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Why Can't Kids Just Be Kids?

By: Angela Salerno
By: Angela Salerno

When you look at a lot of playgrounds in the area you may notice something is missing.

"Swings are not part of the playground any longer because of some of the injuries that take place," said Thomas Inserra, Sealey Elementary Principal.

Swings aren't the only thing missing. You won't find children playing dodge ball, flag football or tag on the playground at Tallahassee's Sealey Elementary School.

"Unorganized tag is very chaotic, and kids end up getting pushed down, shoved, knocked over, and it ends up causing problems, fighting," said Ruth Lyle, a physical education teacher at Sealey Elementary.

While the notion of children playing seems harmless enough, Sealey's principal said organized play comes with less risk of injury.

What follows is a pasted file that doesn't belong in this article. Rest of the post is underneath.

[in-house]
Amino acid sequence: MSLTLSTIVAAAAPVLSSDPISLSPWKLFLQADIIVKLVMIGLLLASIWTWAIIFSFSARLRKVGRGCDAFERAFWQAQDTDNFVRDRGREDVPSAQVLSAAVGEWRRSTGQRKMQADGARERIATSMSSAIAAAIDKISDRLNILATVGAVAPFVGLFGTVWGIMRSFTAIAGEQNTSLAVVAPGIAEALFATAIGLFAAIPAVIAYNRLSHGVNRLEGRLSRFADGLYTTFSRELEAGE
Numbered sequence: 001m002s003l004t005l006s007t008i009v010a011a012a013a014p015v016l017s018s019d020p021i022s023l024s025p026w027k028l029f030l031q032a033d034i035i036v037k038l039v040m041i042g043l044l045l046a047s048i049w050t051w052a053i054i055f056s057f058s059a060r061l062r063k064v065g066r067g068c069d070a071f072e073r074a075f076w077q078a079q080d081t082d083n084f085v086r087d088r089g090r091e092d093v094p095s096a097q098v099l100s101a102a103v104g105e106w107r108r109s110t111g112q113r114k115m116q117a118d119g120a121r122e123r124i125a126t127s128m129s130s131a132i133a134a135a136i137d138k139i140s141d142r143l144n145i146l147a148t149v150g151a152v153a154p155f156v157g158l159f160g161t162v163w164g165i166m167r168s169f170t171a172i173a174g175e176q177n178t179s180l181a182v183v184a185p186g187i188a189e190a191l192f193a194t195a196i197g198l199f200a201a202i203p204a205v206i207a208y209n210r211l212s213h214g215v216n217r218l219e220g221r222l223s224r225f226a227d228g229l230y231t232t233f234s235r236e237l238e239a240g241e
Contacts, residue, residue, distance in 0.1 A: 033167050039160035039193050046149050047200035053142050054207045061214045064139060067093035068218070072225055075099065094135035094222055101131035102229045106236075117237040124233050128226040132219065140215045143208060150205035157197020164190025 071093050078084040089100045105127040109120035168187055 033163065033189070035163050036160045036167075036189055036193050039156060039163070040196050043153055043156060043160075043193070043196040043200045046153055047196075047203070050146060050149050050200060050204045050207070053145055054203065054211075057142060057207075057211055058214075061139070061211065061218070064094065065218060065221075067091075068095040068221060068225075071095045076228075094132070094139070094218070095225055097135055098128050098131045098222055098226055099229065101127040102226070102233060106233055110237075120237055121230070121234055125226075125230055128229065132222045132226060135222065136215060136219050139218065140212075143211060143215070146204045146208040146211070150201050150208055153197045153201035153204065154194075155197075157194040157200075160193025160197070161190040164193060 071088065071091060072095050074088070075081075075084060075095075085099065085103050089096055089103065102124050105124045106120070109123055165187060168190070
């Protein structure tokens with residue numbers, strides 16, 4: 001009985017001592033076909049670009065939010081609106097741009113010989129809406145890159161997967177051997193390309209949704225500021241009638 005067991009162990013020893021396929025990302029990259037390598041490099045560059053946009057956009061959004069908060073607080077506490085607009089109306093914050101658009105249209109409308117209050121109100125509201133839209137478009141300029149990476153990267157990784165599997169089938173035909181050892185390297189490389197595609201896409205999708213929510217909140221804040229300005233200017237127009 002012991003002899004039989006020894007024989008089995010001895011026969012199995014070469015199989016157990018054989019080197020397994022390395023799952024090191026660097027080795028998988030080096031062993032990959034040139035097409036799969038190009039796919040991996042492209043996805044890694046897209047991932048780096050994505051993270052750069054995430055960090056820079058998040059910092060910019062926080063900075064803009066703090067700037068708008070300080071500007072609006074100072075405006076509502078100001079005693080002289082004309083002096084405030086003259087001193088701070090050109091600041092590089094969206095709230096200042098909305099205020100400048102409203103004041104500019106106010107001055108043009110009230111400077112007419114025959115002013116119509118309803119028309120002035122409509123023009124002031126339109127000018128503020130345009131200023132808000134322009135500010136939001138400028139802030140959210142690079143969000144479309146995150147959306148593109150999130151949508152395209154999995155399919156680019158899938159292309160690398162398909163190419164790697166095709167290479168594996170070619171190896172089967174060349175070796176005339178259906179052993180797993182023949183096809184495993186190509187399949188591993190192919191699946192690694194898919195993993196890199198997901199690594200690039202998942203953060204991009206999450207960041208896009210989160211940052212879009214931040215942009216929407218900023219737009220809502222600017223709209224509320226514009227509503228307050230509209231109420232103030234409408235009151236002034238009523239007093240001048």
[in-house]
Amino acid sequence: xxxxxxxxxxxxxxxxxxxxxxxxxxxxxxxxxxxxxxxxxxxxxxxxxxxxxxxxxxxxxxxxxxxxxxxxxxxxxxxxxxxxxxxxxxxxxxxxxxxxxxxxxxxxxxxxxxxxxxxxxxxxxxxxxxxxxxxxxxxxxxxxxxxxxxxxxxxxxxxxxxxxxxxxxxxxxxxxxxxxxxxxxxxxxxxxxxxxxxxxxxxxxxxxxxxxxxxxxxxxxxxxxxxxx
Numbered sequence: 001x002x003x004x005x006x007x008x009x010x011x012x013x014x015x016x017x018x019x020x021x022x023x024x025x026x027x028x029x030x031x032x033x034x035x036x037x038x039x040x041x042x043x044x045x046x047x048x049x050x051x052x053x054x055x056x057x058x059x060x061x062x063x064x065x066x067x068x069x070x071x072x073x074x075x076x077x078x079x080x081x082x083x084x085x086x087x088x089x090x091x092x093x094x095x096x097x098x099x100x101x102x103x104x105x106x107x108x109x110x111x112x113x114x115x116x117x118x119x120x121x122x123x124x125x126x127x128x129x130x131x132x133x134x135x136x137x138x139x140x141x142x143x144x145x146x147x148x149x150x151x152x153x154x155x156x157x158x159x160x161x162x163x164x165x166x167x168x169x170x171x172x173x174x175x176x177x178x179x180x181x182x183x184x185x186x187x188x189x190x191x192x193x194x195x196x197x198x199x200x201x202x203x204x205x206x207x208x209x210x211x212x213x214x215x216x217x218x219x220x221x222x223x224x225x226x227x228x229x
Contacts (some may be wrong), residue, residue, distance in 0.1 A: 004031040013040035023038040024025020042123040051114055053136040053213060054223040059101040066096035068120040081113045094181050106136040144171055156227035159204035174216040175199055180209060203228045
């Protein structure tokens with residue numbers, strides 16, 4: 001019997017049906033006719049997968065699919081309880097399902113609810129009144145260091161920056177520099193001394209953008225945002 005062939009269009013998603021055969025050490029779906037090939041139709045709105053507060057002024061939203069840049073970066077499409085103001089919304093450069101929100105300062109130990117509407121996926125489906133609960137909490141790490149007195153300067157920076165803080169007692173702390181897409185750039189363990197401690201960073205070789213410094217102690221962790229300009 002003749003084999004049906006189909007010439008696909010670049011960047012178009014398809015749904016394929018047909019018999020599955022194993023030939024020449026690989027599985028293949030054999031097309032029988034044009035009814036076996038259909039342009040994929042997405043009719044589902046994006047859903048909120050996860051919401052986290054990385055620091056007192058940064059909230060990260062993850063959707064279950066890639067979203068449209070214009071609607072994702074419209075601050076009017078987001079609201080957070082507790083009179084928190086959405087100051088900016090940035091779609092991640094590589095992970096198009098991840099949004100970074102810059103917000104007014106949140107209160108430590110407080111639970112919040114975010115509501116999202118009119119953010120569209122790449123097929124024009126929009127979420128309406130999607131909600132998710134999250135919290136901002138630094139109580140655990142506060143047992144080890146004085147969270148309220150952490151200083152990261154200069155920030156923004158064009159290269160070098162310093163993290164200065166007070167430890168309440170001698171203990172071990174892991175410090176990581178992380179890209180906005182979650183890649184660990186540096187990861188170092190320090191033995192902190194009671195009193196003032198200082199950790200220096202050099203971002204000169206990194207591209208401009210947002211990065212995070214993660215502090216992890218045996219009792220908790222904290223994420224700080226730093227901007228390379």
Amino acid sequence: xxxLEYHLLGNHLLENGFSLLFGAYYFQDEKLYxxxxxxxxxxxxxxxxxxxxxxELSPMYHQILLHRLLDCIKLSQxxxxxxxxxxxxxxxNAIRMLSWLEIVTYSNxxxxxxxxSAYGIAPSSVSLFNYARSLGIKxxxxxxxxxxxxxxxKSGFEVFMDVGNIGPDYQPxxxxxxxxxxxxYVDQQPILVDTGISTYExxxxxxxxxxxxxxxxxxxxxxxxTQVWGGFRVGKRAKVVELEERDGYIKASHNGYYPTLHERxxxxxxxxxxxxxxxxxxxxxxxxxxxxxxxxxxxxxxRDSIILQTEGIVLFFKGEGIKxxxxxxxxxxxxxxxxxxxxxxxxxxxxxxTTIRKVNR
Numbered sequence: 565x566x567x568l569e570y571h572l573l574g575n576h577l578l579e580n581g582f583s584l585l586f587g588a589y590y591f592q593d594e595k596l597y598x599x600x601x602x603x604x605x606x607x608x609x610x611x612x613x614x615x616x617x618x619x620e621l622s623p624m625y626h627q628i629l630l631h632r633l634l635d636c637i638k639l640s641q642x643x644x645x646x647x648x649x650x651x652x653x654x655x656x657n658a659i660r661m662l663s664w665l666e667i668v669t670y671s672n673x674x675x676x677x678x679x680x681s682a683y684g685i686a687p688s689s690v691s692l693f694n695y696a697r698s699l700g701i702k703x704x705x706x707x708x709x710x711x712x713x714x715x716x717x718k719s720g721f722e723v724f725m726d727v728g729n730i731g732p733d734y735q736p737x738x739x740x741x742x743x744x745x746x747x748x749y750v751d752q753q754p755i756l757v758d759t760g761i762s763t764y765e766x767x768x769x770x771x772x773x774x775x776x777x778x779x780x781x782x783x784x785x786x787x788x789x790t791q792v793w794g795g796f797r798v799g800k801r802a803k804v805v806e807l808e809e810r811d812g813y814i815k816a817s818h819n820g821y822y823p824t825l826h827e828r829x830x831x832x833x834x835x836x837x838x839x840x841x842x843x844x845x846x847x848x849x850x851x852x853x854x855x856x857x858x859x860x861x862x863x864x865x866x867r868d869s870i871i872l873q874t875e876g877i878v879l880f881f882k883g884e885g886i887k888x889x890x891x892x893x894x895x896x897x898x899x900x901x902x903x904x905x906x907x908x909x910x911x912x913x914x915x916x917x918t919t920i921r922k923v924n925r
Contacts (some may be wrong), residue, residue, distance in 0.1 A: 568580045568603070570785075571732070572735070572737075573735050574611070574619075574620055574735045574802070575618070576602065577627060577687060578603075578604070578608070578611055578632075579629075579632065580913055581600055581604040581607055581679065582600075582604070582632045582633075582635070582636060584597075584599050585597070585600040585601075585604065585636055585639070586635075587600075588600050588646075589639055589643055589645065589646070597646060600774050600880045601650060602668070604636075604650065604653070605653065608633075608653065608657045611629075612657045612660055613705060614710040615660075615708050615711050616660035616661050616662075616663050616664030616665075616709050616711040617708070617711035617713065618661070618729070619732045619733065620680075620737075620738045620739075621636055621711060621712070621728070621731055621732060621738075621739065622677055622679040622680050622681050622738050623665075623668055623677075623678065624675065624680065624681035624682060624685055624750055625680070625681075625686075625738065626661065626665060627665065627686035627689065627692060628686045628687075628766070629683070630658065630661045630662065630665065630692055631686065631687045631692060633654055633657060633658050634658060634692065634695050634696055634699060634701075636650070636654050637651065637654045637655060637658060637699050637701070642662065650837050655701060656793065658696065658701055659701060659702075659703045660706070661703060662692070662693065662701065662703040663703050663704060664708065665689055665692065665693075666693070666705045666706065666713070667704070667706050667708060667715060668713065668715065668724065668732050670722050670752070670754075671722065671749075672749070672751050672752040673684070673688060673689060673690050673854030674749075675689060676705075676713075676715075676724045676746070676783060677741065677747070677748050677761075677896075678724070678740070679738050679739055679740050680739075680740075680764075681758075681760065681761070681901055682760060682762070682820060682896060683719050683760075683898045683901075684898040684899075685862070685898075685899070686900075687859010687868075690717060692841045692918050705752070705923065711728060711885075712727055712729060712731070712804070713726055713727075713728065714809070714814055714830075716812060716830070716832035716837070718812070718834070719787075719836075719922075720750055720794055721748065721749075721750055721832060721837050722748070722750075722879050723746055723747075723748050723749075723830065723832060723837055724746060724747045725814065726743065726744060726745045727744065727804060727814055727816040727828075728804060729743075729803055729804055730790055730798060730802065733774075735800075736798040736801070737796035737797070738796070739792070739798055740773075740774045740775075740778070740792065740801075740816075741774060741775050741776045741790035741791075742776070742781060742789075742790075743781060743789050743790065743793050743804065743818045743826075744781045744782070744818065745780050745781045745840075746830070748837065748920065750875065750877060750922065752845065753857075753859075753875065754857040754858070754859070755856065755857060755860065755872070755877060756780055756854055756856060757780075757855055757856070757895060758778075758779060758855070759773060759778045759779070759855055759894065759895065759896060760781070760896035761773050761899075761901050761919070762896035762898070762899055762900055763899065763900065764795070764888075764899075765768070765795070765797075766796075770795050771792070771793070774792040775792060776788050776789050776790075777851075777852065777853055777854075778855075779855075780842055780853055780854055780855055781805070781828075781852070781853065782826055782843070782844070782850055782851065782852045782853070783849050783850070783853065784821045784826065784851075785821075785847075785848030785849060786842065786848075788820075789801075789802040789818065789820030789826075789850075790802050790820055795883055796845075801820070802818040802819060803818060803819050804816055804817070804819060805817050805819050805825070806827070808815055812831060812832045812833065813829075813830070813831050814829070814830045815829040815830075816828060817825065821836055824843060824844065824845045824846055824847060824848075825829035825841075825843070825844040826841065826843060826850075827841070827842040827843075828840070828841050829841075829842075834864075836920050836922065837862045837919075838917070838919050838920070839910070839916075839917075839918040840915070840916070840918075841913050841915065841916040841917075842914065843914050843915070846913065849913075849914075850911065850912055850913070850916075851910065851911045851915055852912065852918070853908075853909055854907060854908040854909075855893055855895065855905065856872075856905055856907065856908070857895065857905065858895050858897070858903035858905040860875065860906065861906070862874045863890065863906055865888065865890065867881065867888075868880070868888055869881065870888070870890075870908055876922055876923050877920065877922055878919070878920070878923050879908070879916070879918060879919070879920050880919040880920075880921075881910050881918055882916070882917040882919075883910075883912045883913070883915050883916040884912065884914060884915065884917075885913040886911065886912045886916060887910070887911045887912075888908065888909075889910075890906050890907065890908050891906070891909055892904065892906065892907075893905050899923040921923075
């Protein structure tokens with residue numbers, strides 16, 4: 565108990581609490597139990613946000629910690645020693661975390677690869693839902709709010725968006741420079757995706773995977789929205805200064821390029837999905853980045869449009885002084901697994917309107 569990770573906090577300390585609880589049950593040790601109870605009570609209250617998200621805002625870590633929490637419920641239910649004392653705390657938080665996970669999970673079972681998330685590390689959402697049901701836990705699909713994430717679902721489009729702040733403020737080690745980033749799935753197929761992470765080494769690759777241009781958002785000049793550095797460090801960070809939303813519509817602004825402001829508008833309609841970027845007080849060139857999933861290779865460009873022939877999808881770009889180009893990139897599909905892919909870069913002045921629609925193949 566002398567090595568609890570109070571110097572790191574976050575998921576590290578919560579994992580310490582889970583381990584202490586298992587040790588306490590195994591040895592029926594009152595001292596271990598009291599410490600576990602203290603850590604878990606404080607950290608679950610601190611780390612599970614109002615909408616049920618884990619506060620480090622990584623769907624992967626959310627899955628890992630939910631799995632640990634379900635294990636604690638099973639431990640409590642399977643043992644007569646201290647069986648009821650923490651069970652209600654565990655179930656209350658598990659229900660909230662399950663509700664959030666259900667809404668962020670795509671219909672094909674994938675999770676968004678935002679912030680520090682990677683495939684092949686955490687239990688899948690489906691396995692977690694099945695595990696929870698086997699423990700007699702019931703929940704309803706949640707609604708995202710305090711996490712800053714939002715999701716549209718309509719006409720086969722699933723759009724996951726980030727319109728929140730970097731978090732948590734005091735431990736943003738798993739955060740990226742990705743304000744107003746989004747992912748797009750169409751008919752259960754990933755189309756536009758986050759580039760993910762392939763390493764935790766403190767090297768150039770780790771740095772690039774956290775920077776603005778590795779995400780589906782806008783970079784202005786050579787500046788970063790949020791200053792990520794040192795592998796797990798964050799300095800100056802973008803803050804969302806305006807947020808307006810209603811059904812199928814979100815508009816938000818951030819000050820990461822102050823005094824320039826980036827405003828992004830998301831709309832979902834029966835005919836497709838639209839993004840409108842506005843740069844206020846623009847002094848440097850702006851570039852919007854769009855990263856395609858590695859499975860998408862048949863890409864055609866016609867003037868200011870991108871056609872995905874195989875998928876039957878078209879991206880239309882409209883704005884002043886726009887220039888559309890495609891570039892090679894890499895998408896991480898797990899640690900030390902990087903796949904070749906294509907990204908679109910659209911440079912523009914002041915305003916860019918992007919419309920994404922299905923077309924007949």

"We saw some injuries a couple years ago with some games that became more or less a shoving matter, so we put a stop to do that we added more organized activities," said Inserra.

Activities like healthy snack tag can be played, but only during gym class when children are supervised.

"It's a smaller area, there are boundaries, and I can be there to supervise the area, whereas before school when they were playing tag and they were all over the place, from one end to the playground to the other, so it was hard to keep up with them," said Lyle.

Educators said they aren't trying to suck the fun out of recess, but organization and supervision are necessary to avoid injuries. While the no tag rule is not a policy in the Leon County School District, more schools are turning to alternative games hoping to make playgrounds a little safer.


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